That's how you avoid uncomfortable meetings with managers when you tell them you are leaving.

        • by Anonymous Coward

          Seems like something reasonable to do, when there's a very clear danger of having your ex-company chase you and try to ruin your life, if you decide to leave for some reason or another.

      • by Anonymous Coward on Wednesday June 14, 2017 @09:16PM (#54622875)

        It's not only lawful, it's not that uncommon a business practice. Konami is just being more open about it than most.

        Being common business practice doesn't make it lawful. Japan has labor laws comparable to other advanced economies - weaker than Europe certainly, but stronger than the US's "at will" employment. The problem is a cultural aversion to rocking the boat and demanding the legal rights that they should have.

      • by Anonymous Coward

        Remember, human resources are resources first and humans second.

    • by Anonymous Coward

      It is allowed. Under the samurai code, ex-employees are expected to commit seppuku. If they choose not to, future employers would be dishonored by employing them.

    • by Neo-Rio-101 ( 700494 ) on Wednesday June 14, 2017 @08:32PM (#54622683)

      Probably isn't legal, but that has never stopped Japanese companies pushing the boundaries of labour laws, and bullying their employees.

      If you leave a traditionally minded Japanese company, they will bully you into staying. They will haul you into a meeting and scold you.
      Then they will say things like "Why are you leaving the company! You can't! You still have work to do!"
      And then say things like "After you leave and go to this other place, are you OK that we send you your unfinished work?"

      Ridiculous of course to the western ear... but to the Japanese ear who has no spine and has been bullied all the way through school - some actually can't handle the pressure and the bullying and apologize and stay with the company! ... even when they've been offered better work!
      If they stay, they get treated like backstabbing traitorous unfaithful dirt and paid less from what I heard.

      • "Probably isn't legal, but that has never stopped Japanese companies pushing the boundaries of labour laws, and bullying their employees."

        I can understand they don't want you to leave, what I fail to understand is what's the strenght they have to bully someone?

        Can they really succesfully demand you not to put you were there in your resume?
        Can they really go to their competition asking for not hiring you with any chance of success?

        "a former Konami executive was forced to close his business due to pressure fr

      • by AmiMoJo ( 196126 )

        but to the Japanese ear who has no spine and has been bullied all the way through school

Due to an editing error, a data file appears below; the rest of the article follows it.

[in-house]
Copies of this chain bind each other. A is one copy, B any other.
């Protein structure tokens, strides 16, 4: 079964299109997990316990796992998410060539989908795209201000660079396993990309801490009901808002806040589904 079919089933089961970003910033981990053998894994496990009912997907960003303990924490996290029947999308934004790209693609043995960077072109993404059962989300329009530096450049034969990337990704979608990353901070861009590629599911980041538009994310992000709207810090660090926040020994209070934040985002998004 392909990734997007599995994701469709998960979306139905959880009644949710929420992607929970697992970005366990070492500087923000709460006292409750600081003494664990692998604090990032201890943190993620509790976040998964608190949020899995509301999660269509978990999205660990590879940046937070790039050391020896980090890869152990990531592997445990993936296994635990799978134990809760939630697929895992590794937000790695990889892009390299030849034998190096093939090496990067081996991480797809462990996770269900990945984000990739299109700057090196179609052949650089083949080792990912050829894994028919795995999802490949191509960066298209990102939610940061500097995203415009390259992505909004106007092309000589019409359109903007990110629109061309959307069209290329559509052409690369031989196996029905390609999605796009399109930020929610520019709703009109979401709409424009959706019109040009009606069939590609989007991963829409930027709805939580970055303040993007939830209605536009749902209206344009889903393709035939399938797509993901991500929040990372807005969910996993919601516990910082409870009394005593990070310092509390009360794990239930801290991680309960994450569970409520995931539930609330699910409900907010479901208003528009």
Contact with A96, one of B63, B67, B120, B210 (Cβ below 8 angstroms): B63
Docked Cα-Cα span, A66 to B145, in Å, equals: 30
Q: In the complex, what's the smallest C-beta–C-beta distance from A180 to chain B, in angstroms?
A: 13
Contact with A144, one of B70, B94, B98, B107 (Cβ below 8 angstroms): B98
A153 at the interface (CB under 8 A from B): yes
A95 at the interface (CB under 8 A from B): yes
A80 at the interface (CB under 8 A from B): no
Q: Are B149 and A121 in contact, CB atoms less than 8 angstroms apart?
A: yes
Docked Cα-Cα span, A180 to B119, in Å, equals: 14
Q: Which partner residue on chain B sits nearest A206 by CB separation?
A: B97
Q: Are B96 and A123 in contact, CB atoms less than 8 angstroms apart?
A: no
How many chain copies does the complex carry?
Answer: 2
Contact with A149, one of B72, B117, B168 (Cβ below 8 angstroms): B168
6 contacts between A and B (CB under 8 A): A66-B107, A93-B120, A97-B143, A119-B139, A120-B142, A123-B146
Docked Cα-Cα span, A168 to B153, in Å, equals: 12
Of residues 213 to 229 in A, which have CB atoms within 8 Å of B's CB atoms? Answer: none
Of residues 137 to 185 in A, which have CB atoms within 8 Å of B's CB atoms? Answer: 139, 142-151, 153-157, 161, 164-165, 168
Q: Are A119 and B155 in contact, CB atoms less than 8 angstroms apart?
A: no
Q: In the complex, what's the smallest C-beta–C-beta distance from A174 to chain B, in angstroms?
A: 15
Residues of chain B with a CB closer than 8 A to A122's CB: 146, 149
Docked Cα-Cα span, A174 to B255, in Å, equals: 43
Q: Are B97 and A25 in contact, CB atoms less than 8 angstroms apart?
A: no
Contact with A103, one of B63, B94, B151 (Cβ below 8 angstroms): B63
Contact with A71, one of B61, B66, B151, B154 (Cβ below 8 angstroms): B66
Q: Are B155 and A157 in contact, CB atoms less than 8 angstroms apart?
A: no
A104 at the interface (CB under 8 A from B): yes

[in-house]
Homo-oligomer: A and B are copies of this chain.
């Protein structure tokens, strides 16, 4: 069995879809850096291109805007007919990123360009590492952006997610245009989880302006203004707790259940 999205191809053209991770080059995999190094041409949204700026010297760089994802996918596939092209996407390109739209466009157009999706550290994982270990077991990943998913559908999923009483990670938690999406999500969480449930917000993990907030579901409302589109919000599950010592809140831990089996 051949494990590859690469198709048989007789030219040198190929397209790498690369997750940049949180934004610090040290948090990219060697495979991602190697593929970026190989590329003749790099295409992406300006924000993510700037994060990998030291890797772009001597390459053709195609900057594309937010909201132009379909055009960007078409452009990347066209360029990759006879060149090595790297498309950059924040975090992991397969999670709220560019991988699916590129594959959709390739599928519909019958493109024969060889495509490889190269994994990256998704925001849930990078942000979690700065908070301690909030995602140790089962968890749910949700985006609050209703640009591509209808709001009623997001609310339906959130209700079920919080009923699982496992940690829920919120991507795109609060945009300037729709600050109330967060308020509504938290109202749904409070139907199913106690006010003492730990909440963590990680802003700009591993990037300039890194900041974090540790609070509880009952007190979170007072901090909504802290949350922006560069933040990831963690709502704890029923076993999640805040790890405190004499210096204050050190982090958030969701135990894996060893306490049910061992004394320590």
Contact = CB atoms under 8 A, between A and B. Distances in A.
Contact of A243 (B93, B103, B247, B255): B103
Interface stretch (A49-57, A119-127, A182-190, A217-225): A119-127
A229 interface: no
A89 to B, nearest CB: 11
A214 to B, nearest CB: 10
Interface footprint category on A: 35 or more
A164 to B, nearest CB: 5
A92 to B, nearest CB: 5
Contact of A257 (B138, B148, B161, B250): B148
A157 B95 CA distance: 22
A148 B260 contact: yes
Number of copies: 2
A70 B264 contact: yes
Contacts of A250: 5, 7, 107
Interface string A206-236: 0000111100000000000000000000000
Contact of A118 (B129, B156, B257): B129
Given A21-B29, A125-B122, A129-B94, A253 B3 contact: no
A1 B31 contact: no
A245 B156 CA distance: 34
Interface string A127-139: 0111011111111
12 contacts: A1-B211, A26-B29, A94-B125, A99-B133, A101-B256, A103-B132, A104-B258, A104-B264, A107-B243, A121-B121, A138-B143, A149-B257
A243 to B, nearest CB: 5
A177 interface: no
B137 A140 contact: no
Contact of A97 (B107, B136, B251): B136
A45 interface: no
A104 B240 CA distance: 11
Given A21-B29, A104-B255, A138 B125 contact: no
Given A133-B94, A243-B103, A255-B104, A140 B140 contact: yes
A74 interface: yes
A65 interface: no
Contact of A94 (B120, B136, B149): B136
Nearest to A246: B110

This is just complete bollocks. You might as well say the same thing about the spineless American who was bullied all the way through school. Most people, most companies are nothing like that.

        • by Megol ( 3135005 )

          So you have experience from living in Japan and working in multiple companies there? You have never heard people (in Japan) talking about things like this?

  • by mfh ( 56 ) on Wednesday June 14, 2017 @07:57PM (#54622535) Homepage Journal

    The answer to this puzzle is simply not to ever work for them. Surely then they will just go bankrupt and disappear, since the best people wouldn't dare join them in fear of similar activity if it doesn't go well.

    Do you ever want to work somewhere you can't be fired from?

    • Many Japanese can and do work at places where they can't be fired.
      How's that for job security?

    • The answer to this puzzle is simply not to ever work for them.

      That is a great way of dealing with an isolated actor, but not so good when dealing with the cultural heritage of an entire country.

      Don't think this is isolated to Konami.... or even the gaming industry.

      • by mfh ( 56 )

        Don't think this is isolated to Konami.... or even the gaming industry.

        Then the answer is simple. Don't work for big companies. Take your ideas and build your own team to execute them.

        • Then the answer is simple. Don't work for big companies. Take your ideas and build your own team to execute them.

          Sure. While you're at it tell the French to work longer hours, the Spanish not to eat dinner at 9pm, and the Italians to stop napping at lunchtime. Japanese culture is not very welcoming of the ideas you put forward, and they definitely aren't open to these as a suggestion.

          What you say would work well in most other countries of the world, not a country where people will happily commute for 4+ hours a day to work in a big city in a big company, or a country where an employee can die at his desk and no one no

  • I'm sure this announcement will help Kojima and hurt Konami. Good riddance.
    • by Anonymous Coward
      While I'm 100% hoping this will backfire on them, the Streisand Effect is not applicable.
      This is just: company did something bad and just got called out for it.

      If the story was, Konami tries to censor reports about it's blacklisting that would be Streisand.
  • If I'm thinking of taking a job for Konami this story will make me think "7/11 cashier. Midnight to 8. Hey, no lines at the grocery store!"
  • by LeftCoastThinker ( 4697521 ) on Thursday June 15, 2017 @12:28AM (#54623597)

    Apply for asylum in the US and start indie game shops here... I have many fond memories of classic Konami games: Contra, Castlevania, Belmonts Quest, Life Force (Salamander), Contra: Alien Wars, Gradius III, TMNT 4: Turtles in Time, etc. Make some updated, new games on the same concept with Unreal engine 2D graphics and put it up on steam and sell a few million copies at $9.99 a pop.

  • So much for Japanese "honor", huh? Every Konami executive should have a katana rammed up their asses.

  • FINISH HIM

Marvelous! The super-user's going to boot me! What a finely tuned response to the situation!